Labour’s deputy leader has become the latest senior figure to hint the party may back a further Brexit referendum, saying: “We’re not ruling it out.”
Tom Watson insisted Labour’s policy was to secure an “exit from the EU” – to abide by last year’s referendum result – but left the door open for a change of mind.
“You have to see how the negotiations go, at the end of it. So we’re not ruling it out,” he told the Birmingham Mail, before adding: “But it’s highly unlikely.”
The comments come after London Mayor Sadiq Khan boosted the hopes of pro-EU campaigners by suggesting he might press for a commitment to a further national vote.
Labour’s next manifesto, should there be a snap election, could allow voters to accept any Brexit deal reached – or opt to stay in the EU, Mr Khan said.
Mr Watson gave the interview just hours before Jeremy Corbyn’s conference speech, in which the Labour leader is expected to set out his party’s current Brexit position.
Before the June election, he appeared to flirt with offering a referendum on the final Brexit deal, before eventually stepping back.
To try to end criticism of confusion, Labour negotiated a united policy to stay in the single market for between two and four years – but with no mention of a second referendum.
On Monday, a survey revealed a narrow majority of Labour voters now supports a further referendum on the details of Brexit, with an option for Britain stay in the EU.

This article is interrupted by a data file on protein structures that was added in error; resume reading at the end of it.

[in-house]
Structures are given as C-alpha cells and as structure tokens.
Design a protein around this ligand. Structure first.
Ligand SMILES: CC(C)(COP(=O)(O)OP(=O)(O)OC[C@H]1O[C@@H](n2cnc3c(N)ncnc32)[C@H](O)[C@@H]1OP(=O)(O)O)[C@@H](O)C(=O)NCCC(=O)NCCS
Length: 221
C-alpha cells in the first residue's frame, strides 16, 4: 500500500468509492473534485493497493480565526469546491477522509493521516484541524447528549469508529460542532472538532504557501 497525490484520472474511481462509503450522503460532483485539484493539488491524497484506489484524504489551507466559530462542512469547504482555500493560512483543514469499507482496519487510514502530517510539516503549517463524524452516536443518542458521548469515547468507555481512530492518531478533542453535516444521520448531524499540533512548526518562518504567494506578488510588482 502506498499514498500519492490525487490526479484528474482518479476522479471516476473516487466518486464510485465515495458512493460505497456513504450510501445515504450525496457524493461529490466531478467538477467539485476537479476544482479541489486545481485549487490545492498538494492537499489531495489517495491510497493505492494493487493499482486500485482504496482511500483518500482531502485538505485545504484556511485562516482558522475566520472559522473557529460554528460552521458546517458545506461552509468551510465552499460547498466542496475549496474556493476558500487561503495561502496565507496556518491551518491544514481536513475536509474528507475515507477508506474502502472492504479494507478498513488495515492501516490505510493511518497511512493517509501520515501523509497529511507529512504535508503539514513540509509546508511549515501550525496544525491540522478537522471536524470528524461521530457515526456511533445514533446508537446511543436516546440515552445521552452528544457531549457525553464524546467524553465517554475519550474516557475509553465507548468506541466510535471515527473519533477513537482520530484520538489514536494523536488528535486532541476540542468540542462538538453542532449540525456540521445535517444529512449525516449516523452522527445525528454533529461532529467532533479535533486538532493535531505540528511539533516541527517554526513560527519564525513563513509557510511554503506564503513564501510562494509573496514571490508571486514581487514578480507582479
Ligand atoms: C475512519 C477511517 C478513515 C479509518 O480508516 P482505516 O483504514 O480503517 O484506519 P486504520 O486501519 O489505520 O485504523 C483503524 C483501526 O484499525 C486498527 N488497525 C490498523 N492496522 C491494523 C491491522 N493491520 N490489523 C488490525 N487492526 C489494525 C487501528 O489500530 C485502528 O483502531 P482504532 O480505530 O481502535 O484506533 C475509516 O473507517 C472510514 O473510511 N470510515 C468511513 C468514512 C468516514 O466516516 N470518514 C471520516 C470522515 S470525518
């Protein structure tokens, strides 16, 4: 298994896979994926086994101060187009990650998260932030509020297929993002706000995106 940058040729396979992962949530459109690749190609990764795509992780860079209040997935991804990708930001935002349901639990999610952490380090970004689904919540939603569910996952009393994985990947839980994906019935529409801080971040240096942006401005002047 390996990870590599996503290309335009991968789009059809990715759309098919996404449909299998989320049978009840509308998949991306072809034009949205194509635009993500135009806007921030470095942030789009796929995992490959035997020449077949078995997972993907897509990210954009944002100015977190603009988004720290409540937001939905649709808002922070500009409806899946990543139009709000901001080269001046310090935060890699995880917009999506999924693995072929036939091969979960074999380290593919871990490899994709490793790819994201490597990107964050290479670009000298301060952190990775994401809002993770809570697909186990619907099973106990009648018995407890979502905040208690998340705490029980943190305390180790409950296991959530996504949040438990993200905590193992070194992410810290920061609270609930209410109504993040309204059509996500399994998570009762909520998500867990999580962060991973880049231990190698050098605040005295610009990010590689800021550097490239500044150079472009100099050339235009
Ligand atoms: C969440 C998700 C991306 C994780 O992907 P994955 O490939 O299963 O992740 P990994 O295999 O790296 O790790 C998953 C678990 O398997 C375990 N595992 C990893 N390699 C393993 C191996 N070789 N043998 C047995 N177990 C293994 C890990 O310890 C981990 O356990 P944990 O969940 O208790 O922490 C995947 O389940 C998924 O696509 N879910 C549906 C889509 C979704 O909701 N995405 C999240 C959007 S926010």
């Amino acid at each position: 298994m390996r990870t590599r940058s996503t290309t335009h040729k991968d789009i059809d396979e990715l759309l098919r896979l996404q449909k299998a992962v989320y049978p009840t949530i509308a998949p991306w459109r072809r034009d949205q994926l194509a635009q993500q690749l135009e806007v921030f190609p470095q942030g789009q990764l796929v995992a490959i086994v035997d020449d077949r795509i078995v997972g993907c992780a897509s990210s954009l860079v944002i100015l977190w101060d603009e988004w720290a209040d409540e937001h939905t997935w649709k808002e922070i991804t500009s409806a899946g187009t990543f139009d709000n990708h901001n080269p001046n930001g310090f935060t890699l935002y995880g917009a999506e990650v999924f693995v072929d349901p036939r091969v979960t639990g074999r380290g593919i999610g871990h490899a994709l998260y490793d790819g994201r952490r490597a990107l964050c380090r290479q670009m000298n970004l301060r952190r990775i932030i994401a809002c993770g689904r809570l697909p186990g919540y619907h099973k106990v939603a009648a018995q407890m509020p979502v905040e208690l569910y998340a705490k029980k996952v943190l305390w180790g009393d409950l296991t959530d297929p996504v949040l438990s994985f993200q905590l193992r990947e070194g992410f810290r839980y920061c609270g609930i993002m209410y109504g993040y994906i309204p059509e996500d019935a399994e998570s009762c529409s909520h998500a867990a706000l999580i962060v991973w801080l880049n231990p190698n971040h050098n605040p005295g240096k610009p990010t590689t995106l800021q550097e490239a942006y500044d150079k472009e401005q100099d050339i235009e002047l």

In the interview, Mr Watson was asked if he agreed with Mr Khan about a possible reaction. He replied: “We want exit from the EU. That’s the decision of the referendum. That’s why we whipped Article 50.”
However, he then added that a referendum could not be ruled out, because of the enormous uncertainties surrounding the negotiations.
Pressure for Labour to join the Liberal Democrats and the Greens in supporting a further vote is growing, as the bogged-down Brussels talks fail to achieve a breakthrough.
Kezia Dugdale, Labour’s former leader in Scotland, said the public has the right to have its say in a second referendum.
Meanwhile, Andrew Gwynne, Labour’s election chief, and an ally of Jeremy Corbyn, refused to rule out a further vote, saying: “Who knows where we will be at the end of this process?”
However, Keir Starmer, the Shadow Brexit Secretary, has warned it may be impossible to give voters an informed choice until after departure in March 2019, if a transitional deal is struck.
And Caroline Flint has led a backlash from Northern Labour MPs who fear that appearing to go back on the referendum result will turn voters away.
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